The 4th Australian Field Artillery Brigade was raised in Albert Park, Melbourne, in September 1915 as part of the 2nd Division. The brigade served in Egypt and the Western Front during the First World War. During the interwar period as a Militia unit, the regiment was based in St Kilda, Victoria, and was attached to the 3rd Division. Following Japan's entry into the war in December 1941, and the rapid advance through South East Asia and the Pacific, the unit, now the 4th Field Regiment was mobilised as a two battery unit (each battery had six 18-pounder guns) at Bonegilla where the regiment was under the command of the 4th Brigade.

In March the regiment moved to Connelly's Dam, south of Warwick, Queensland, where a third battery was raised. By the end of April the regiment had its full establishment of 18 25-pounder guns as well as 12 18-pounders and four 4.5 inch Howitzers. At this time too, the 4th Brigade was deployed to the Maroochydore, Brisbane, Southport area. While there, the 4th Field Regiment trained with the 7th Division's 2/4th Field Regiment. In June the 4th moved to Cabarlah, near Toowoomba.

Normally an infantry division would have three field regiments to support its operations, but during the Pacific war, Australian infantry divisions were reorganised into "jungle divisions" and the number of field regiments were reduced from three to one. The 4th Field Regiment survived this period and moved to the Helidon area in July 1943.

In January 1944 the regiment moved to Townsville in preparation for its deployment to New Guinea, where it was to relive an artillery unit at Lae. One of regiment's batteries remained at Lae, while the rest of the unit moved to Dumpu in the Ramu Valley to relieve the two batteries of the 2/4th Field Regiment that were in action. The 4th came under the command of the 7th Division and on 2 February it fired its first shots in action. It was only a short campaign for the regiment though, as by March the infantry were supported by the 2nd Mountain Battery as they advanced towards Madang. In August the regiment moved to Wawin, near Nabzab.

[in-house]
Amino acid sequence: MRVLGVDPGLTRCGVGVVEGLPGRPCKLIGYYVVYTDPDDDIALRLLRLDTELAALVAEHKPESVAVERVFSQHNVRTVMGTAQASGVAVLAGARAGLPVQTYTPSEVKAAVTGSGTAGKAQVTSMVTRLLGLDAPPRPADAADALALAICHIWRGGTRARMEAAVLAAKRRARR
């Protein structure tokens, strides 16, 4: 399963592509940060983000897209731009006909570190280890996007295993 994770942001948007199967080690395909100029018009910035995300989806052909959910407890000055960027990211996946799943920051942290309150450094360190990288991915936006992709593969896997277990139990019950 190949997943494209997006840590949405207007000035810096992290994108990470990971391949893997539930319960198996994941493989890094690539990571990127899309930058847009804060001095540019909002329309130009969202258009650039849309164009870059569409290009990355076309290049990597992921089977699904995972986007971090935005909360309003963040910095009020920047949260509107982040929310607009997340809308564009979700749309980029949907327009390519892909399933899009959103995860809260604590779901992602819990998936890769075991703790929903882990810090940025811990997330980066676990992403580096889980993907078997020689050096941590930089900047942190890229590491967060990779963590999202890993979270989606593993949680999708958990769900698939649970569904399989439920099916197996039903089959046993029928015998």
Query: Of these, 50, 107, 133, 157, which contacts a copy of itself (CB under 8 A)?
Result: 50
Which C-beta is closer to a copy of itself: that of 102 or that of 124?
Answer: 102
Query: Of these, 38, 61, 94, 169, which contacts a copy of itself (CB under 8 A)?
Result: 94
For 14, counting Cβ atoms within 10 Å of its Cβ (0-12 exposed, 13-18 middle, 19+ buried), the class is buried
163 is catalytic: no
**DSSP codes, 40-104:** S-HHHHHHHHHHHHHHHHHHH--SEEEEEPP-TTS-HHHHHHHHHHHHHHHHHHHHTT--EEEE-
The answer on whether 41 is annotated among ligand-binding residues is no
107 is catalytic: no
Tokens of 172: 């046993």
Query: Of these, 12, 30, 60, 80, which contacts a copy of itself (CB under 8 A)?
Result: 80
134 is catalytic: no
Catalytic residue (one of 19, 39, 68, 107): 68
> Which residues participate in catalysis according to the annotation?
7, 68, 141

Towards the end of 1944 Australian forces were being redeployed around the islands. At the end of October the 4th left Lae for Bougainville, arriving at Torokina, the main Australian base, on 5 November. The 2nd Field Regiment and the 2nd Mountain Battery provided artillery support for the campaign.

For the next nine months, until the end of the war in August 1945, the regiment would be in action. One of its batteries supported the advance across the Numa Numa Trail in the Northern Sector, another supported the 3 Division's campaign in the Southern Sector in the push towards Buin, while the third battery and the regimental headquarters moved to the Northern Sector where the infantry were moving towards the Bonis Peninsula.

As the Australian campaign on the island progressed, in June 1945 a company from the 31st/51st Battalion made an amphibious landing at Porton, in Bougainville's Norther Sector. Things quickly went bad for the landing troops and eventually they had to be evacuated, but through out the entire operation, 11 Battery, firing from Soraken, provided outstanding support. Indeed, if not for their professionalism and skill of Lieutenant David Spark, the Forward Observation Officer who had landed with the infantry at Porton, the company probably would have been over run by the Japanese. During the course of the Bougainville campaign, the 4th fired 62,723 rounds.

Over time the regiment's ranks reduced as men returned to Australia and in December those left in the regiment returned home too where the 4th Field Regiment was disbanded.
  • AWM52/4/2/17: 4 Field Regiment war diary
  • Burke, Arthur, 4th Field Regiment, Royal Regiment of Australian Artillery : historical guide(Aspley, Qld: A. Burke, 2003)
Related conflicts Second World War, 1939-1945
Commanding officers
Decorations3 MC; 4 MM; 1 MBE; 17 MID
Alternative names
  • 4 Field Regiment
  • 4 Field Regiment RAA
  • 4 Fld Regt
  • 4th Fd Regt
  • 4th Field Regiment
  • 4th Field Regiment RAA
Unit hierarchy